Theology Today - V 50, No.1 - April 1993 - BOOK REVIEW - Refor...

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136 - Reformational Theology: A New Paradigm for Doing Dogmatics

Reformational Theology: A New Paradigm for Doing Dogmatics
By Gordon J. Spykman Grand Rapids, Eerdmans Publishing Co., 1992. 584 pp. $39.95. Spykman's volume is only the latest in what has been a remarkable flowering in the writing of systematics volumes in recent years. This one, though, is a little different. It is self-consciously launched as a neo-Calvinist tome. While it is rooted in Calvin himself, it deliberately eschews the Reformed scholastics who followed him and then seeks to repristinate the wisdom of Dutch thinkers like Abraham Kuyper and Herman Bavinck, who straddled the turn of the century, and more recently Herman Dooyeweerd and Herman Ridderbos. Tradition, the author says, "is the bearer of a community's identity, the stimulus for its enterprising spirit, the shaper of its habits of thought, the forum for its theological reflections." This Dutch neo-Calvinism is Spykman's tradition. At the same time, however, he has adopted a form for his theology that is deliberately much closer to the contours of biblical thought than to the older scholastic rendering, which, in a volume like Louis Berkhof's Systematic Theology, produced something a bit like a telephone directory for those needing to look up some divine information. This recasting of his inherited Calvinism was undoubtedly an act of courage. Spykman's volume, which is written in a crisp, no-nonsense style, has five main sections: prolgomena, creation, sin and evil, salvation, and the consummation. Knowing the angle from which this author writes is a good tip-off as to what his conclusions will be. On all of the important matters, they are conventionally Reformed, but the reader encounters them within a framework that has some surprises. For example, there is no sustained discussion of God, though a traditional view of God's triunity, character, and attributes is everywhere assumed; the Bible is likewise assumed to be the "revelational norm," but there is no
138 - Reformational Theology: A New Paradigm for Doing Dogmatics

discussion of biblical inspiration; the usual distinction between revelation that is natural and that which is special is discarded; the section on the person and work of Christ, though completely orthodox, is remarkably short; and the discussion on the Christian liferegeneration, justification, sanctification, perseverance, and electioncomes toward the end of the book as a sub-topic under the church. Despite the firmly traditional cast to the volume, then, it is not without innovative flourishes. These innovations are not, however, the grounds for the claim of the subtitle, that this book advances a new paradigm for doing theology. This rests on the author's contention that theology has been hobbled over the centuries by a bifurcation between the two spheres of sacred and secular (and confused by those who merge the spheres into a monism), that this is what has set theology and philosophy marching down different and competing paths, and that the time is now ripe for a fresh realignment. The point of integration between the two spheres, the way in which theology and philosophy can again work together cooperatively, needs to be found through a common point of identity in the written Word of God that is "the religious bond, the unbreakable link, which binds the Creator and his creatures together in covenant relationship." This is the new paradigm. Spykman's observations about the disintegrating field of knowledge in the modern world and the need to find a way of thinking more comprehensively are correct. For him to suggest, however, that his solution constitutes a new paradigm stretches the meaning of the words a bit. It is not really a paradigm and it certainly is not new. After all, is this not what Jonathan Edwards and a host of others have attempted, even if they did not have the Kuyperian nuances that the author favors? Perhaps Spykman, who has a foot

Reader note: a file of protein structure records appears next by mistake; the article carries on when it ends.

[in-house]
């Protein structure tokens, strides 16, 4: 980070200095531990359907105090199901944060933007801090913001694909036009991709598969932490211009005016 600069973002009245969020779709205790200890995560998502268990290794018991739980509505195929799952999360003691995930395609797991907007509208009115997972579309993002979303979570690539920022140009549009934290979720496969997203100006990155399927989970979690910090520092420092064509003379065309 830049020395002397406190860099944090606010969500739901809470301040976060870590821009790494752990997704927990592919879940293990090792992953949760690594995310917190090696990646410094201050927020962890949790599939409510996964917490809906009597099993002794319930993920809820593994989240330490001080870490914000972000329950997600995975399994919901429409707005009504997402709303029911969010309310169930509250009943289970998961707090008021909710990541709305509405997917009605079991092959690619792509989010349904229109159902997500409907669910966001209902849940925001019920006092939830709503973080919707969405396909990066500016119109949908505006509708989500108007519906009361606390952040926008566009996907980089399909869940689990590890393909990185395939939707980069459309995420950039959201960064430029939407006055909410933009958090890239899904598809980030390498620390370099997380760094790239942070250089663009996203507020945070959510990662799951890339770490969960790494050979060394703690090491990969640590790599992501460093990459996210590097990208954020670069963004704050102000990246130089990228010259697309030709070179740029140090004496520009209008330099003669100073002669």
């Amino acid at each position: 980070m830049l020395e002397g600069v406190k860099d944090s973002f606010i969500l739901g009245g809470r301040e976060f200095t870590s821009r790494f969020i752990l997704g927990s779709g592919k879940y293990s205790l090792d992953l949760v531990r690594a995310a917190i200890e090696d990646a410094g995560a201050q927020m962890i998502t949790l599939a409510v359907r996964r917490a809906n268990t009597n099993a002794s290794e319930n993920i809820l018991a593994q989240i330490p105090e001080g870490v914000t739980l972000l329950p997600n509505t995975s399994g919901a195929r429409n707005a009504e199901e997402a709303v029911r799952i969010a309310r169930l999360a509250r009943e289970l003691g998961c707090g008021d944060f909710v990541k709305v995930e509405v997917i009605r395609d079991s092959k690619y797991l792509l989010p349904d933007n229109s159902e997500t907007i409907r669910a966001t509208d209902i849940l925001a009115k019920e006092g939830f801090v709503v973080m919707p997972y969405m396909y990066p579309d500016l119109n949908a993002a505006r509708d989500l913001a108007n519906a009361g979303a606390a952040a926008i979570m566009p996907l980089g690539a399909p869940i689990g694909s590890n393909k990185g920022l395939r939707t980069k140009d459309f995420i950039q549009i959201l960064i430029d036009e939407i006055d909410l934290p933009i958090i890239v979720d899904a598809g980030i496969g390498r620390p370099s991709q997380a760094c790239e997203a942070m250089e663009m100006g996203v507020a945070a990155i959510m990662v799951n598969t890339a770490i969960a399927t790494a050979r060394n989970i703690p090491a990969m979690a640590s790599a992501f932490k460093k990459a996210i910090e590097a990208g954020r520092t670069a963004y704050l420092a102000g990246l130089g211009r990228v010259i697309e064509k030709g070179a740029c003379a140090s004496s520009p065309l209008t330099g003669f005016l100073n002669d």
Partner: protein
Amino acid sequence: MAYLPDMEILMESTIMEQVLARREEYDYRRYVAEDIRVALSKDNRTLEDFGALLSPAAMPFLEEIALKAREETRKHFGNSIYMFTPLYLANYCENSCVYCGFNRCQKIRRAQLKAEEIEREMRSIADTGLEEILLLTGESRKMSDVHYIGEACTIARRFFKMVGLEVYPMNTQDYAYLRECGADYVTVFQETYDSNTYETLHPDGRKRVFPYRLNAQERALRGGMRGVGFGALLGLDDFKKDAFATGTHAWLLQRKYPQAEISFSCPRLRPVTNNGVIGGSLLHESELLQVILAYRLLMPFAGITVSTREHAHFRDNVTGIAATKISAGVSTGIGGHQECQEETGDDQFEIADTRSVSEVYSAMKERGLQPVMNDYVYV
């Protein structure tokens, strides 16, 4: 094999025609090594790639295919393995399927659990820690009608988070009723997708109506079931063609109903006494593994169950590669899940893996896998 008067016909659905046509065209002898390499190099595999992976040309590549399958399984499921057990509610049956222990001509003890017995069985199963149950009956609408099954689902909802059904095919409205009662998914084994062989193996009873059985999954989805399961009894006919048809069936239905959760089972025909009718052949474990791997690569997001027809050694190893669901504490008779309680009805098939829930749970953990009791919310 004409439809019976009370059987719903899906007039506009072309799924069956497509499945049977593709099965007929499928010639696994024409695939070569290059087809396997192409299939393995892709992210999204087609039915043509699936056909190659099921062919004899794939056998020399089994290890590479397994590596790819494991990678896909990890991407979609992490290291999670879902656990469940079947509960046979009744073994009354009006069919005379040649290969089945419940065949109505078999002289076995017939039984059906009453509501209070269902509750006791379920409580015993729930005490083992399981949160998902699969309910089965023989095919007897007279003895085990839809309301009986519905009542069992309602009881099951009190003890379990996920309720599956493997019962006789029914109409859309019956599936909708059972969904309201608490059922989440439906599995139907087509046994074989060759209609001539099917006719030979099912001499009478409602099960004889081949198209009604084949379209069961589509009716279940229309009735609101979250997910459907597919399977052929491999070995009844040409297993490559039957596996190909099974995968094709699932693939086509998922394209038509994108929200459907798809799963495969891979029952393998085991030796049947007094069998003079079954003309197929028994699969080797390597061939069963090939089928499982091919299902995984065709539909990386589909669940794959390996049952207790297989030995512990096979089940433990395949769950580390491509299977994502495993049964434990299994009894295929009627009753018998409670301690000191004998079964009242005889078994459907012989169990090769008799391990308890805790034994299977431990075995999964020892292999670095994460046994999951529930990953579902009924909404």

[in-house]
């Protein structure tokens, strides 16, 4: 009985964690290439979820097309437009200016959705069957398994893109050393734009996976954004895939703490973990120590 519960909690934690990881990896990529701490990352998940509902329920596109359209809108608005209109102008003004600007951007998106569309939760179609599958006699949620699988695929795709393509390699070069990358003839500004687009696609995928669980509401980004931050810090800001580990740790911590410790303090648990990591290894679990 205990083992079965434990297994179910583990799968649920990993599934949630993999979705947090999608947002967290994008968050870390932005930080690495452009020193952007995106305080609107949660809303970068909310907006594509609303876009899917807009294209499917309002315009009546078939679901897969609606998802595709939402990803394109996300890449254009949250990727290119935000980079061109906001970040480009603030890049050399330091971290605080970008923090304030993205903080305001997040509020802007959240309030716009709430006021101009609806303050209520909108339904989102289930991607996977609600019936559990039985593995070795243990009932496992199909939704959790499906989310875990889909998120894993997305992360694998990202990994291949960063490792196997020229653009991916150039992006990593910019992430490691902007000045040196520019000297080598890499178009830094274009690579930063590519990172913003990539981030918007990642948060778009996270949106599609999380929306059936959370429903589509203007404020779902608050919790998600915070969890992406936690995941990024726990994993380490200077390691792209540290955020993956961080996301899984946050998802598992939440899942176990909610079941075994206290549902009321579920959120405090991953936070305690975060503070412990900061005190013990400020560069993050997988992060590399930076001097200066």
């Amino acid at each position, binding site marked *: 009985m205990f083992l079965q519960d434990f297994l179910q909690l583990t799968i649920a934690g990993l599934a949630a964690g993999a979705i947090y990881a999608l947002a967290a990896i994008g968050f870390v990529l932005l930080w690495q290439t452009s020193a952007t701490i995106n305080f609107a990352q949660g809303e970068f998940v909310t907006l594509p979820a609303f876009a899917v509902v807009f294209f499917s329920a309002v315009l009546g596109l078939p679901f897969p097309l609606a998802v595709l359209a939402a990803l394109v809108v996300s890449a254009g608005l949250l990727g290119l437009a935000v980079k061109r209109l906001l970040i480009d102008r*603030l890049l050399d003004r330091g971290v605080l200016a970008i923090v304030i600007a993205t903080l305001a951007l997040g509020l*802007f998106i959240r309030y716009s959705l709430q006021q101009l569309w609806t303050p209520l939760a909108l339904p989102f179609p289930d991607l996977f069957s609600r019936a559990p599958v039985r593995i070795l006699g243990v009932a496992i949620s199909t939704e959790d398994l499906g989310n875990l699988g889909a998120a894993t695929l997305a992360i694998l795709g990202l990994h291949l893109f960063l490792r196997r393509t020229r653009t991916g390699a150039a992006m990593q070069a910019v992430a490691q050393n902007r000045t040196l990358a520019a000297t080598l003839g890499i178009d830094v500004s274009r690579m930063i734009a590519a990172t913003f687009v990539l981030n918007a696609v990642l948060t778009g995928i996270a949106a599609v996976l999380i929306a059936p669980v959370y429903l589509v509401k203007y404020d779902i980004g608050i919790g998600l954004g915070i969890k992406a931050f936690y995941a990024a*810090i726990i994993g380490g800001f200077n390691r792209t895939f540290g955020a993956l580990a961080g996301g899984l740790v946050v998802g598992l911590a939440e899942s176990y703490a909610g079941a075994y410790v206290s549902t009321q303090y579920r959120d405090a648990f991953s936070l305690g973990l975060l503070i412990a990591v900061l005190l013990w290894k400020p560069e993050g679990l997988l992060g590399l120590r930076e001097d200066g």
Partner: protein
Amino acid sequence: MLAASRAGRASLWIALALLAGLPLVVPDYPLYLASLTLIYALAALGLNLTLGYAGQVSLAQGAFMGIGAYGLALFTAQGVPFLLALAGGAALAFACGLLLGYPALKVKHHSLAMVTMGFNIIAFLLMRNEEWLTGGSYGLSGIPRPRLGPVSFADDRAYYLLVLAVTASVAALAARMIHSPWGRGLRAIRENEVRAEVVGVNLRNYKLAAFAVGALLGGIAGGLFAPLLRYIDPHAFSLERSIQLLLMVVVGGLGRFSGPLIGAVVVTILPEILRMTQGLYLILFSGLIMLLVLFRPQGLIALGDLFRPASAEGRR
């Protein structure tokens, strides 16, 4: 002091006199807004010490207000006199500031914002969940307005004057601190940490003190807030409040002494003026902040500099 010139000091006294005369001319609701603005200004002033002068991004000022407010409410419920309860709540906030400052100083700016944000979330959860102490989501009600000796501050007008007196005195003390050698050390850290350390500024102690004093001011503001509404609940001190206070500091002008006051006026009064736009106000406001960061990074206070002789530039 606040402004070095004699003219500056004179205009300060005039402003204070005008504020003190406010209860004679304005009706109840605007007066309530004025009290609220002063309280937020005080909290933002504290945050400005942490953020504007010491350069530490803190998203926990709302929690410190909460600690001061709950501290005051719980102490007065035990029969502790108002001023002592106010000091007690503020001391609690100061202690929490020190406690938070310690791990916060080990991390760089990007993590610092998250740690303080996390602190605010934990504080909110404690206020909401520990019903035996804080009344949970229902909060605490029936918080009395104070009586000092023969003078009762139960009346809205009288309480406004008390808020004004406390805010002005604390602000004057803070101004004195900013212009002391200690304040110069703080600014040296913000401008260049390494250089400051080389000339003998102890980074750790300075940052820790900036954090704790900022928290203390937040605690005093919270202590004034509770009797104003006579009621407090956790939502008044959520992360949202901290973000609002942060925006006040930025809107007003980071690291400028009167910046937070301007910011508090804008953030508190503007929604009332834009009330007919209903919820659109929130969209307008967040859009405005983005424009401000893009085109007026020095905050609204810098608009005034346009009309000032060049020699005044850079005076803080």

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Wells Gordon-Conwell Theological Seminary. No. comparatively little persuasive argument offered.. There is a sense of proportion missing here. It is a mistake. South Hamilton. and often parochial debate. and modern thought is largely ignored. is a new paradigm for doing theology..April 1993 . For that reason. however. This book is really written for those who have already given their consent to the Belgic Confession. Those.htm Generated by Foxit PDF Creator © Foxit Software http://www.Refor. who want their traditional. Dutch Calvinism in more deliberately biblical form.com For evaluation only. for Dooyeweerdians have been relentlessly hostile to theology.edu/apr1993/v50-1-bookreview7.1 .Theology Today . MA 2 de 2 11/15/2010 9:49 PM . David F.ptsem. who want it simply and directly spelled out. however. is here reflecting the internecine warfare that has gone on for years in this corner of modern Calvinism. to imagine that a peace proposal presented in the context of an extremely obscure.V 50. there are many assumptions made. ol http://theologytoday. in the Dooyeweerdians' world. will find this an excellent treatment.BOOK REVIEW .foxitsoftware.

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